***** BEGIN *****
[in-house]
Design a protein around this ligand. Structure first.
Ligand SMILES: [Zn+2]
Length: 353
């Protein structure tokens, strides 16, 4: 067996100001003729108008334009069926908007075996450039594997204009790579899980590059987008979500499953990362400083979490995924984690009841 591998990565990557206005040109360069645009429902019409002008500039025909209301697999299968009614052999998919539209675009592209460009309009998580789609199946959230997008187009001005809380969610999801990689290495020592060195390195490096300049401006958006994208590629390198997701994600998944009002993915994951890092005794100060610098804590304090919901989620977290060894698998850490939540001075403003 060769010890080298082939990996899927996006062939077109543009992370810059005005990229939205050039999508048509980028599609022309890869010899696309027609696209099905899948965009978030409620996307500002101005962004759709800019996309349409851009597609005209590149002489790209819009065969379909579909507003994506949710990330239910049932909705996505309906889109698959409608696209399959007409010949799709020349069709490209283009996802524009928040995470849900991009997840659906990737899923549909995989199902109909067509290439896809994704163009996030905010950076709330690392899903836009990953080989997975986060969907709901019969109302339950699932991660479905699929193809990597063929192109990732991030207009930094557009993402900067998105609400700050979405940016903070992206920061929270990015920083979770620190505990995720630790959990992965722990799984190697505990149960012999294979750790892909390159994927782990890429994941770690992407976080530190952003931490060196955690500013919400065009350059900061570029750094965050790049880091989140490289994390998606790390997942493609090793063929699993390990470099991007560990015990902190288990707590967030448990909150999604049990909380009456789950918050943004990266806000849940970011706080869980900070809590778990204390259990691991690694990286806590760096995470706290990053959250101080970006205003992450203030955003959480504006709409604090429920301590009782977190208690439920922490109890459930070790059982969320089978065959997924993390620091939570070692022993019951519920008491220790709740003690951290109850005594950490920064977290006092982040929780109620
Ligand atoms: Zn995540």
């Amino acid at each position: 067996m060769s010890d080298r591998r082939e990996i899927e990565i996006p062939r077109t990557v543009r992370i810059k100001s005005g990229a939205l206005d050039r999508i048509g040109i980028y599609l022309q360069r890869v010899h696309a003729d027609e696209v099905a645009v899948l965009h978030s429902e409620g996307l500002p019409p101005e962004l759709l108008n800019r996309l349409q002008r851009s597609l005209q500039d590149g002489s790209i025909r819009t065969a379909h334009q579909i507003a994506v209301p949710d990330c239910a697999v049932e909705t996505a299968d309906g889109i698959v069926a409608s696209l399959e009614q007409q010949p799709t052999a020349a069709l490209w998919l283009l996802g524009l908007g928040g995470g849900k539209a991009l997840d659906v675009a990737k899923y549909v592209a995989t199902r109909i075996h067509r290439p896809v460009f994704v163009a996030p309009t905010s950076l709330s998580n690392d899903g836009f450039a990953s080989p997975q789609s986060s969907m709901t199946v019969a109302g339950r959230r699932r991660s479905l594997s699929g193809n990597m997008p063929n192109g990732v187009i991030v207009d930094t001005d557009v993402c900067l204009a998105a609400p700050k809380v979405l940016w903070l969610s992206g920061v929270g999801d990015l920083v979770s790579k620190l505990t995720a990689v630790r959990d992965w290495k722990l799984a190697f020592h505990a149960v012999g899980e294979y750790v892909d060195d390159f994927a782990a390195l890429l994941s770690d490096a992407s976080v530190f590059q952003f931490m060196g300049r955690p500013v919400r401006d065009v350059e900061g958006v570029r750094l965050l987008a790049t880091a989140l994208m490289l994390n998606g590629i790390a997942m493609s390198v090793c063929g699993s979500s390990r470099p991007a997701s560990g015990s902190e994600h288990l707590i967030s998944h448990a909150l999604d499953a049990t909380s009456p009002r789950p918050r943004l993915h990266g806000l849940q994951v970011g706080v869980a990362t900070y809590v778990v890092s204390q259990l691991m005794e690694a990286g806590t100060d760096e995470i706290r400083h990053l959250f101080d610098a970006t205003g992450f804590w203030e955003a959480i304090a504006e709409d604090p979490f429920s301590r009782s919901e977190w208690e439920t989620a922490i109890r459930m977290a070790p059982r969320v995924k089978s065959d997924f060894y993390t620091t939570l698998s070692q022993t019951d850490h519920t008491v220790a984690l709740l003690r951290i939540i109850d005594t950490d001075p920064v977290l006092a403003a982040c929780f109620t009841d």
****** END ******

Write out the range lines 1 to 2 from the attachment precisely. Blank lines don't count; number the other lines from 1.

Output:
[in-house]
Design a protein around this ligand. Structure first.